As amazing as it was sounding I still slipped next door before the end as some occult ceremony was about to go down and I felt the summoning call of the elder gods. It was Portal opening the gates and the anticipation was palpable for their first UK show, though some of us were blessed to catch them in Germany previously. From the off there’s a flesh stripping sand storm of incomprehensible death metal dissonance and disturbing ceremonial growls, the soundman perhaps holding his head in his hands as he tries to grasp the shreds of insanity within the structures. It is not for the faint hearted, or the tuneful, it’s a sick soundtrack to your soul being torn apart. Lovely. A proper breather now before more metal majesty in the form of Triptykon (top), the doom/death band with Tom Warrior at its black heart. Two Celtic Frost songs in the first three sets the scene, the punctuation of the seminal death grunts is legend. They were marvellous here, a completely uncompromising vision of ground down darkness, occasionally breaking out into faster punkier stuff and even treating us to a cover of the proto black/death origins with Hellhammer. Tom seems on good form too, even play-fighting with bassist Vanya though she is not standing for any messing. I leave just before the end to get in for a real bonus highlight for me, a first chance to see the Swedish crust punk legends Skitsystem (above). They’d dissolved in an onstage fight in Poland some years ago but some life has been breathed back into the old dogs of war once more and they deliver a blistering set of hardhitting raw mayhem, such wild fun and as my friend said arguably the real headliner of the night for those of us inclined to the punk side of the tracks. Their finish meant we could still have time for 20 minutes of the two hour set of sonic black mass that was being conjured and orchestrated in the main hall by Sunn O (below). Drowned in what was presumably the last of the nation’s supply of dry ice the American drone ensemble did just that, causing structural and physical damage on an epic scale, us leaving the balcony fearing for its integrity as we were shaken apart by the seismic tones, Attila’s rasping voice flickering through the mix somewhere. Don’t know if I have the patience/endurance/drugs for a full set so set off for home, getting as far as the nearby station and marvelling at how they are still audible over arriving trains from that distance.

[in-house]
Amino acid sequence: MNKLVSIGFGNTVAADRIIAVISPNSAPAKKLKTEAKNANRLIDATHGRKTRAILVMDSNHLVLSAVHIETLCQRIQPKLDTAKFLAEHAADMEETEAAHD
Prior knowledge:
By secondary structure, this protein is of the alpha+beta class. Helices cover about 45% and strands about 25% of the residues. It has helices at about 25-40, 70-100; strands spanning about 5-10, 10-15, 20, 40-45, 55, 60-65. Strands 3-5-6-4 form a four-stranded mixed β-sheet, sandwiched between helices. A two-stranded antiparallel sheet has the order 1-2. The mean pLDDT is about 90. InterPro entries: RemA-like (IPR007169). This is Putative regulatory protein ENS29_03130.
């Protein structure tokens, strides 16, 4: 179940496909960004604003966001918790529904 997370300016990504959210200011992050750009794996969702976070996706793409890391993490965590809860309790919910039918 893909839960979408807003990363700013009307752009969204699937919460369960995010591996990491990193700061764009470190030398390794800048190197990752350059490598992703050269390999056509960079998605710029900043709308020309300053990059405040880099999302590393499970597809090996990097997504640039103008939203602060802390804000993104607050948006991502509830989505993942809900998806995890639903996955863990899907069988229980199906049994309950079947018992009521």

Sunday is always the easier day (allegedly) so I can even feel like breakfast at the pub as we get motivated for the finale. Getting a message saying the start has been delayed potentially due to the soundquake last night means we have a dangerous amount of extra cheap drinking time so it’s almost a relief to get to the venue eventually. After the usual socialising we get into Monarch (above)and what a pleasure that turned out to be. I’d missed the French doom band through clashes last year at Damnation Festival and heard mixed reviews, evidently only the ones who loved it were right. Much more dynamic than I was expecting , with the frontwoman providing a table load of electronic effects too, it was the kind of churning, distorted, crawl that was right up my street. Their long goodbye was endearing too, and I was glad to pick up the last copy of their 7” of Misfits and Runaways covers. As previously, we could have been chasing seeing bands more but there was great pleasure in just going with the flow and made it easier on ourselves with a trio of treats at the third stage. First, we had the prime death metal of Vallenfyre (below), although me and my friend did have to recreate the touching scene from the end of Titanic to get us both into the place with the one-in one-out system they were running. The band were fantastic, arguably some of the best heavily distorted riffing of the weekend and frontman Gregor was on top dry comedic form, living the high life in a parking lot in Maryland last week and a cowshed in Bristol this.